A team of computer scientists from MIT have developed a soft robotic fish that can swim on its own alongside real fish in ocean environments. The journal Science Robotics published an article today documenting the robot fish.
Researchers from MIT’s Computer Science and Artificial Intelligence Laboratory (CSAIL) announced “SoFi,” a robotic fish that can swim at depths of more than 50 feet, with the ability to swim in a straight line, turn or dive up and down. The fish has an undulating tail and the ability to control its own buoyancy, researchers said. It can be operated by a waterproof Super Nintendo game controller.
“To our knowledge, this is the first robotic fish that can swim untethered in three dimensions for extended periods of time,” said Robert Katzschmann, CSAIL Ph.D. candidate and lead author of the journal article. “We are excited about the possibility of being able to use a system like this to get closer to marine life than humans can get on their own.”
Other autonomous underwater vehicles (AUVs) typically are tethered to boats or use bulkier propellers, the researchers said. On SoFi, the lightweight setup includes on-board sensors for perception, a servo motor and lithium polymer battery similar to ones found in smartphones.
The goal of SoFi is to be as non-disruptive as possible, with minimal noise from the motor to low-frequency emissions from the communication systems of the controller. Commands are sent at wavelengths of 30 to 36 kHz.
“The robot is capable of close observations and interactions with marine life and appears to not be disturbing to real fish,” said Daniela Rus, CSAIL director, who also wrote the paper with Katzschmann, graduate student Joseph DelPreto, and Robert MacCurdy, an assistant professor at the University of Colorado at Boulder.
Beyond swimming: Data collection
Next steps for the team include working on additional improvements, including increasing SoFi’s speed, and to build additional models for biologists to “study how fish respond to different changes in their environment, the university team said.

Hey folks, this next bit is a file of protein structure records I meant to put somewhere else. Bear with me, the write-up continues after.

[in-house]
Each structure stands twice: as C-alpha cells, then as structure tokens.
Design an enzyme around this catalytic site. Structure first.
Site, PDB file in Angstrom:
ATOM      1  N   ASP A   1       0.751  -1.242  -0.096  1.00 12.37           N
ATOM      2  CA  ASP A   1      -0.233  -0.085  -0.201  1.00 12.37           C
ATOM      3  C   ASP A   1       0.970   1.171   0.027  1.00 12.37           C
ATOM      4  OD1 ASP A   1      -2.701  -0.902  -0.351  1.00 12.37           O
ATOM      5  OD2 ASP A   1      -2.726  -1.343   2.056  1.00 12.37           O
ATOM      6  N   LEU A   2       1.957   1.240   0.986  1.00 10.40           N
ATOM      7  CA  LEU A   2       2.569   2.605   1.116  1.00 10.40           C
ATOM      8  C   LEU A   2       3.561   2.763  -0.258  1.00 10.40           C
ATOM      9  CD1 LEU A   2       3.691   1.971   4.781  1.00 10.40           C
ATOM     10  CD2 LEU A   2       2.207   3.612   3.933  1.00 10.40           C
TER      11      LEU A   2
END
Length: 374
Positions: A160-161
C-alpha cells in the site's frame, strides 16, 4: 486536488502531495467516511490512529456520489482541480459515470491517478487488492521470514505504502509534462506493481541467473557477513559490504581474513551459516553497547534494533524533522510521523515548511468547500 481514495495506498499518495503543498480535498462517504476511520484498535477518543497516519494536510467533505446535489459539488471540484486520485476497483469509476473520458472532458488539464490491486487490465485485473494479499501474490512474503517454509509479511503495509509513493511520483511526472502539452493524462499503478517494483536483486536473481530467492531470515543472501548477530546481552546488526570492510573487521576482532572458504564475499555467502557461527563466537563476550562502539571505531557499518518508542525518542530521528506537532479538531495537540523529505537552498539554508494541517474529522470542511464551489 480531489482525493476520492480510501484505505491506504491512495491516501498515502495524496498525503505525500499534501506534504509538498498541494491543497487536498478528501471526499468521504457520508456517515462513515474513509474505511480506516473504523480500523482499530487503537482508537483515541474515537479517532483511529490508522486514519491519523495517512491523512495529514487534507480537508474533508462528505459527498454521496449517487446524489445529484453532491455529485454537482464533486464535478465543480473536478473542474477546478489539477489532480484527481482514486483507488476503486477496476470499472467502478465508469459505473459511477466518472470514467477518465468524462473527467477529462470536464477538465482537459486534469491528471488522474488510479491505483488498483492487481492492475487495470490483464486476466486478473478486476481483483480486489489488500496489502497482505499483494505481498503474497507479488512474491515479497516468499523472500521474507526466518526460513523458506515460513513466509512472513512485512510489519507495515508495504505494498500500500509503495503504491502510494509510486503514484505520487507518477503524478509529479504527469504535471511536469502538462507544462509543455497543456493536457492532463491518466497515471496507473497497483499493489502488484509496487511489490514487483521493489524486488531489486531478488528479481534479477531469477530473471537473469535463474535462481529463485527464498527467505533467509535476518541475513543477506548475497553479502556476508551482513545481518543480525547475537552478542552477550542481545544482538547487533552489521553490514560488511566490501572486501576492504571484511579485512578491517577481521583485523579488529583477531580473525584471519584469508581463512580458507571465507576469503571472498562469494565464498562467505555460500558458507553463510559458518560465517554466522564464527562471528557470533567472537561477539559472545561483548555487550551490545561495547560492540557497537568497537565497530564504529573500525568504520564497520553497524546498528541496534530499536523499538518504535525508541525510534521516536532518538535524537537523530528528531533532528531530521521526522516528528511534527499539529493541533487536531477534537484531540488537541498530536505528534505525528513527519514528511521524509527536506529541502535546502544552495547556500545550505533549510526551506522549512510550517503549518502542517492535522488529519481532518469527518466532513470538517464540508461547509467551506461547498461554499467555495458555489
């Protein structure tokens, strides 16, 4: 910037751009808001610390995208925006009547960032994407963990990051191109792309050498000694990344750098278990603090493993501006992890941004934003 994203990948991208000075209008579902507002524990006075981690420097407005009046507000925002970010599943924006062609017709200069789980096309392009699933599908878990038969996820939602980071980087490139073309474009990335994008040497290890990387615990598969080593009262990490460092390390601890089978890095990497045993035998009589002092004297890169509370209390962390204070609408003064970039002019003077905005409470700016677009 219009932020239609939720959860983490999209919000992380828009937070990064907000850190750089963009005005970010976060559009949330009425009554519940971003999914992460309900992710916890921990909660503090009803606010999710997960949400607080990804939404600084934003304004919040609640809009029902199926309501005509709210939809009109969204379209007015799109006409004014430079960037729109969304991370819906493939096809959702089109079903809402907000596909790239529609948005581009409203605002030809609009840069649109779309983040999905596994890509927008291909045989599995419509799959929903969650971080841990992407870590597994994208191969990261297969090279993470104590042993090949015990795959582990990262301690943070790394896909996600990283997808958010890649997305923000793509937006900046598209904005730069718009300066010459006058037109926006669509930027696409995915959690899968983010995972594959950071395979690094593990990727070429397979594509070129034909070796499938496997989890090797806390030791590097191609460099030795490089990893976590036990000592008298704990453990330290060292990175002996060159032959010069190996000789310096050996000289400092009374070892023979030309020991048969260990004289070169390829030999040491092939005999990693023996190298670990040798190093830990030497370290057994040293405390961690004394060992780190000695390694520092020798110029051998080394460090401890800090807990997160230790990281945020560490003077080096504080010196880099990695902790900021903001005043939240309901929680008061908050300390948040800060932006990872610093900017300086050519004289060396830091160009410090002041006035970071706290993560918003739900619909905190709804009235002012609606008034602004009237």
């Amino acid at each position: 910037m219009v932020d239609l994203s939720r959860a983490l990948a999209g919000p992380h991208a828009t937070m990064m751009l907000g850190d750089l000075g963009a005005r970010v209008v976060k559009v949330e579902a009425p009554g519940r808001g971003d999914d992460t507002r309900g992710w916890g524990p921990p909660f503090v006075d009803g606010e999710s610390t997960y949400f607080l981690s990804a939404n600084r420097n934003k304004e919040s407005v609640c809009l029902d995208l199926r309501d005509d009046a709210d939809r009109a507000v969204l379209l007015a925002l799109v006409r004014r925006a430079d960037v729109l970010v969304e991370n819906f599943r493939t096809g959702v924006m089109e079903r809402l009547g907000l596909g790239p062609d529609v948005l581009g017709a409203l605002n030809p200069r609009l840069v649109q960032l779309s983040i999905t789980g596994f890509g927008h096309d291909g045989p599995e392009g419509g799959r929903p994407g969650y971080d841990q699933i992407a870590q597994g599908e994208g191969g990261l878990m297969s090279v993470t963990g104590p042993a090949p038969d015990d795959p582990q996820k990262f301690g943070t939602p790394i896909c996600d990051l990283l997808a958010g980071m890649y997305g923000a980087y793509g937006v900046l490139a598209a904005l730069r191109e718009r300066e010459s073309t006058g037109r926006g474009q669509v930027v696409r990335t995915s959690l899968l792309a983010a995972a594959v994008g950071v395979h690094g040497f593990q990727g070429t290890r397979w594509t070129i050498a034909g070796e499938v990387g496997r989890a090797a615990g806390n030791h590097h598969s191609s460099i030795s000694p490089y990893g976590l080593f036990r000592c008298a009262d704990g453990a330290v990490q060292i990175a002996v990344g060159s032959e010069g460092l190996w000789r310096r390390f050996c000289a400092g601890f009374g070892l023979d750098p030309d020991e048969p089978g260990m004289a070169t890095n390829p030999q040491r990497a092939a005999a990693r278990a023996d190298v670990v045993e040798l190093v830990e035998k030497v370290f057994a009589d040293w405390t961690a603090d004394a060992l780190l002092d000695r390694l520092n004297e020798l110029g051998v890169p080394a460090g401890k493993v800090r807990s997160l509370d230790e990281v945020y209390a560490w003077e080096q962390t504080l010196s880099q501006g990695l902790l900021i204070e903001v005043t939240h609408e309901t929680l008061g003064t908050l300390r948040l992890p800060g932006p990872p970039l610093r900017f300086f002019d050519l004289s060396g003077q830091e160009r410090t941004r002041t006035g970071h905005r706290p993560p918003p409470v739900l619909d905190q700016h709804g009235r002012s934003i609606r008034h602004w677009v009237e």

“We view SoFi as a first step toward developing almost an underwater observatory of sorts,” Rus said. For example, the article said the SoFi prototype “provides the opportunity to perform studies of the biocenosis [organism association] of coral reefs and other marine environments within natural habitats.”
Researchers could also use the prototype to “easily change its size, color, and shape to emulate various types of fish with different dynamic behaviors.” Because of its small size, the soft fish could be rapidly fabricated to create a “swarm of robotic fish,” allowing for the studies of schools of fish and interactions with different ocean dynamics, the paper said.
Possible commercial applications for the system include using several of the fish to create a network of sensor nodes that can swim and record data, said Katzschmann.
“The fish can not only gather video, but potentially also other sensor data, as well as taking water samples,” Katzschmann said. In addition, the system could be used for underwater inspection of infrastructure such as gas lines or oil rigs.